United States District Court, M.D. Florida, Orlando Division
U.S. SECURITIES AND EXCHANGE COMMISSION, Plaintiff,
BIG APPLE CONSULTING USA, INC., MJMM INVESTMENTS, LLC, MARC JABLON, MATTHEW MAGUIRE, MARK C. KALEY and KEITH JABLON, Defendants.
ANTOON II UNITED STATES DISTRICT JUDGE
Mark C. Kaley, appearing pro se, filed the instant
Motion for Relief from Judgment in Favor of Securities and
Exchange Commission (Mot. Relief, Doc. 259) on October 15,
2019, and Plaintiff U.S. Securities and Exchange Commission
(SEC) filed a Response (Doc. 262). Kaley then filed a letter
(Doc. 264) that both requested to reply and replied. The
Court construes Kaley's letter as a motion for leave to
reply and grants the request, accepting the remainder of the
letter and his subsequent Reply (Doc. 266) as his Reply.
Kaley also filed a Motion to Stay Pending State Court Action
(Mot. Stay, Doc. 265). For the following reasons, the Court
denies Kaley's Motion for Relief from Judgment and his
Motion to Stay Pending State Court Action.
in favor of the SEC was entered in 2013 after a jury trial.
Kaley was ordered to pay a civil monetary penalty of $156,
500 plus post-judgment interest. (Doc. 259 at 1; Doc. 262 at
2). Kaley appealed but the judgment was affirmed. (Doc. 248).
According to the SEC, it has collected $9, 161.71 through
federal tax return offsets; Kaley has made no voluntary
payments; and the total amount owed as of November 14, 2019,
is $148, 846.28. (Doc. 262 at 2). Kaley now moves to be
relieved from the judgment based on Fed.R.Civ.P. 60(b)(5)
& (6). He also moves for the Court to stay a pending
state court foreclosure action under 28 U.S.C. § 2283.
Motion for Relief from Judgment
60(b) provides six grounds for relief from judgment. Relevant
to this Order, "[o]n motion and just terms, the court
may relieve a party . . . from a final judgment" under
Rule 60(b)(5) if "the judgment has been satisfied,
released, or discharged; it is based on an earlier judgment
that has been reversed or vacated; or applying it
prospectively is no longer equitable" or under 60(b)(6)
for "any other reason that justifies relief."
Fed.R.Civ.P. 60(b)(5) & (6). "By its very nature,
the rule seeks to strike a delicate balance between two
countervailing impulses: the desire to preserve the finality
of judgments and the incessant command of the court's
conscience that justice be done in light of all the
facts." Seven Elves, Inc. v. Eskenazi, 635 F.2d
396, 401 (5th Cir. 1981) (internal quotation omitted).
under Rule 60(b) are directed to the sound discretion of the
district court." Id. at 402. In analyzing a
Rule 60(b) motion, courts should keep in mind the importance
of "preserving the principle of the finality of
judgments" as they consider the following factors: (1)
"[t]hat final judgments should not lightly be
disturbed"; (2) that the rule is not a substitute for
appeal; (3) "that the rule should be liberally construed
in order to achieve substantial justice"; (4) the
timeliness of the motion; (5) whether the case was decided on
the merits; (6) if the judgment was after a trial on the
merits, did the movant have "a fair opportunity to
present his claim or defense; (7) whether there are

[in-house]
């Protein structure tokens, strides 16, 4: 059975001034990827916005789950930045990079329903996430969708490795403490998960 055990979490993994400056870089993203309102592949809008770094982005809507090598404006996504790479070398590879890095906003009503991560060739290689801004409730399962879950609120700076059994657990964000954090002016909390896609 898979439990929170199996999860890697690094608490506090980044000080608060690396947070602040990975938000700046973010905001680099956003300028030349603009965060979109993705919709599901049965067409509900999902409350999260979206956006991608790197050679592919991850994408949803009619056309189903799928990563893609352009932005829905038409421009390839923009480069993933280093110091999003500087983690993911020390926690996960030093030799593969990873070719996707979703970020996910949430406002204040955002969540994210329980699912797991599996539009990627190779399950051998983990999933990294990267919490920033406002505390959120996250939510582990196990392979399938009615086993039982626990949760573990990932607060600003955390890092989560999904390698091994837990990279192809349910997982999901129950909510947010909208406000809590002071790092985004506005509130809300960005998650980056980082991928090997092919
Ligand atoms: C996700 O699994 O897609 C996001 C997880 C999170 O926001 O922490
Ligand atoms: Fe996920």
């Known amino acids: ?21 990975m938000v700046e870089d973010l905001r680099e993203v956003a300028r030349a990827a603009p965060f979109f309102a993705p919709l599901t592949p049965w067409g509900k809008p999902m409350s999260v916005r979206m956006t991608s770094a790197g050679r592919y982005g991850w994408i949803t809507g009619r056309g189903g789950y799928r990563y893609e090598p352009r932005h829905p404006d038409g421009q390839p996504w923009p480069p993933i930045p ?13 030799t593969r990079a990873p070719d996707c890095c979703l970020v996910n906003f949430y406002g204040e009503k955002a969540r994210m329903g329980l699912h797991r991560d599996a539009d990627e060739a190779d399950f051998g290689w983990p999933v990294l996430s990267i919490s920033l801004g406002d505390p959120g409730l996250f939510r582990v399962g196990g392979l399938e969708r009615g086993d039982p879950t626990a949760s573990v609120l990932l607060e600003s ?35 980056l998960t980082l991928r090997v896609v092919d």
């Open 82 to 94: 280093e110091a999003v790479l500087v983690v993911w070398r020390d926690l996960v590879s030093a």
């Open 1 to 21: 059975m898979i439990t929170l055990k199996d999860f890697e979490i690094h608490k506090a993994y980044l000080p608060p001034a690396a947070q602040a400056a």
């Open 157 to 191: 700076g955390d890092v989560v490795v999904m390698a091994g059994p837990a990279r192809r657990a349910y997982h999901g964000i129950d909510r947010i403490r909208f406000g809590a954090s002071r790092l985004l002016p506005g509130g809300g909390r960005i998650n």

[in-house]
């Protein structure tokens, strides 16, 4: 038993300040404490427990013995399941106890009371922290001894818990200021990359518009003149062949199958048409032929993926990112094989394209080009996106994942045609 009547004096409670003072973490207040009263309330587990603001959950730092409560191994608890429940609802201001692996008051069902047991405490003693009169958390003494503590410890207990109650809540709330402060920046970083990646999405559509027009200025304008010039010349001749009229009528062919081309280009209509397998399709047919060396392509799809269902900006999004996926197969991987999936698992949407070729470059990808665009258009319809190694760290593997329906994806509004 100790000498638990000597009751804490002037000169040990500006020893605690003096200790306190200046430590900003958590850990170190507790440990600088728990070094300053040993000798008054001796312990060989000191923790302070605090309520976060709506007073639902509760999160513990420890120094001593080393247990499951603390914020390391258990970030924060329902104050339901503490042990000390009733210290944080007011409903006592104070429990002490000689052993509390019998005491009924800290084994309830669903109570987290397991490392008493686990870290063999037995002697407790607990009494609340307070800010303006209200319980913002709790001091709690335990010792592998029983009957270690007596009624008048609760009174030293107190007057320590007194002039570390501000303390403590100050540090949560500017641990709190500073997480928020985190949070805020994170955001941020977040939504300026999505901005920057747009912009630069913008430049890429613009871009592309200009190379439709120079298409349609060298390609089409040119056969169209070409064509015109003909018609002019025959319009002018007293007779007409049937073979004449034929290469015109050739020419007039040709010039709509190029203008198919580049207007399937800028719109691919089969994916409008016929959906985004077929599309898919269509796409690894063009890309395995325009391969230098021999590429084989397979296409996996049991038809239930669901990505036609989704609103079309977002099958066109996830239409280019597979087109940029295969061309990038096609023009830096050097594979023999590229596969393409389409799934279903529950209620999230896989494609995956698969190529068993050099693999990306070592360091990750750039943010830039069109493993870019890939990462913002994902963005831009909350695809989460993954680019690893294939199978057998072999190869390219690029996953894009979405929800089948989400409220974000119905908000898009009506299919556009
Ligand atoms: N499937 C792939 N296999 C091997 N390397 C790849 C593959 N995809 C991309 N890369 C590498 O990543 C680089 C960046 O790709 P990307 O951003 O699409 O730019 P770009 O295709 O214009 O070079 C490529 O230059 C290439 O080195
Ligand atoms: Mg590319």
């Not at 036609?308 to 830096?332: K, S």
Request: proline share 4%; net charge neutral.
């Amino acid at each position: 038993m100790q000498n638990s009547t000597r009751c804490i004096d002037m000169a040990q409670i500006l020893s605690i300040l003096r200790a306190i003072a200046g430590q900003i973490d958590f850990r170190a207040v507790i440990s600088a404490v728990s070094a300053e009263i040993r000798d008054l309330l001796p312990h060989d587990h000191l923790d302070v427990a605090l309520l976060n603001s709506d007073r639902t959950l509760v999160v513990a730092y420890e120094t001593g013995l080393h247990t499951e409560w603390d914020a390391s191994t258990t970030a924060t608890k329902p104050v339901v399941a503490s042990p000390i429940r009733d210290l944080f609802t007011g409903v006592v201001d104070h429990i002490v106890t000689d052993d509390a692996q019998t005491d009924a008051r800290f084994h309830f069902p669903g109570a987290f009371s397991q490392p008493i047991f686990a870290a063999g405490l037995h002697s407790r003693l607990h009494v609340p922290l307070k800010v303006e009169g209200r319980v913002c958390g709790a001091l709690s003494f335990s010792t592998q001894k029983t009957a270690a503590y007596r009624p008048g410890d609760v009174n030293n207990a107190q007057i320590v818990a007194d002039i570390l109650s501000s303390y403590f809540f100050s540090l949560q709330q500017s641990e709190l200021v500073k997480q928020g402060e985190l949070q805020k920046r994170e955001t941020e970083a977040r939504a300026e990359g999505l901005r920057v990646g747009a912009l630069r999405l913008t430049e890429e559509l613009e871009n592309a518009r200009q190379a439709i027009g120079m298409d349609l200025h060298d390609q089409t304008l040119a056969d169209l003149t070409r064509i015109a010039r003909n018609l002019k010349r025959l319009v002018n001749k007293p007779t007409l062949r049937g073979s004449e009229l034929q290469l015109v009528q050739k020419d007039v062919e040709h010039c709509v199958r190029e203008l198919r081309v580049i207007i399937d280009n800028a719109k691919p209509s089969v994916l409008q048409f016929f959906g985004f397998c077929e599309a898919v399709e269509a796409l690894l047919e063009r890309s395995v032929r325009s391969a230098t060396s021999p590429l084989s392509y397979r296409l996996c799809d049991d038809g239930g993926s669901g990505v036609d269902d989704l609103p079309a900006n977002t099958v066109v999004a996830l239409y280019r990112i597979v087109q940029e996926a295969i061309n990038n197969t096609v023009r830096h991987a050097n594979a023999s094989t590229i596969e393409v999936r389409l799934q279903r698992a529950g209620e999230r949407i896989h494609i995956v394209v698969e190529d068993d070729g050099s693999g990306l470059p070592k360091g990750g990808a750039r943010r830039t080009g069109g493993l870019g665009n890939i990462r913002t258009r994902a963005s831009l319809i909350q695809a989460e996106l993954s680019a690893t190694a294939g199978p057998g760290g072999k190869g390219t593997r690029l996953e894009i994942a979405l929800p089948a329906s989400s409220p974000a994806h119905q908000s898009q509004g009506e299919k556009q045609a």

intervening equities that would make it inequitable to grant
relief; and (8) any other factors relevant to the justice of
the judgment under attack." Id.
Fed.R.Civ.P. 60(b)(5)-ludgment No Longer
argues that he should be relieved from the Judgment under the
last portion of Rule 60(b)(5) because it is no longer
equitable to hold him accountable for the civil monetary
penalty imposed against him. However, the judgment against
Kaley cannot be relieved under Rule 60(b)(5) because it does
not have a prospective effect. "Cook v. Birmingham
News, 618 F.2d 1149, 1152 (5th Cir. 1980) held that Rule
60(b)(5) can be applied only to judgments that are
prospective in effect." United States v. Evler,
778 F.Supp. 1553, 1557 (M.D. Fla. 1991). Gibbs v. Maxwell
House, then "established that, within the Eleventh
Circuit, the relief contemplated by a Rule 60(b)(5) motion is
relief from orders with prospective application, and that
judgments awarding current monetary damages for past
wrongdoings are properly considered retroactive, not
prospective in nature." Id. (citing Gibbs
v. Maxwell House, 738 F.2d 1153 (11th Cir. 1984));
see Gibbs. 738 F.2d at 1156 ("That [defendant]
remains bound by the dismissal is not a 'prospective
effect' within the meaning of Rule 60(b)(5) any more than
if [defendant] were continuing to feel the effects of a money
judgment against him."). As one court has explained:
Virtually every court order causes at least some
reverberations into the future, and has, in that literal
sense, some prospective effect; even a money judgment has
continuing consequences, most obviously until it is
satisfied, and thereafter as well inasmuch as everyone is
constrained by his or her net worth. That a court's
action has continuing consequences, however, does not
necessarily mean that it has 'prospective
application' for the purposes of Rule 60(b)(5).
Twelve John Does v. Dist. of Columbia, 841 F.2d
1133, 1138 (D.C. Cir. 1987).
civil monetary penalty falls within the category of money
judgments meant to remedy a past wrong, not the category of
judgments having a prospective effect. Further, as explained
in more detail below, there are no exceptional circumstances
requiring relief; Kaley has not shown "that unforeseen
conditions have produced such extreme and unexpected hardship
that the decree is oppressive." Eyler, 778
F.Supp. at 1556 (quoting United States v. City of Fort
Smith, 760 F.2d 231, 233 (8th Cir. 1985)).
Fed. R. Civ. P. 60(b)(6)-Other Reasons ...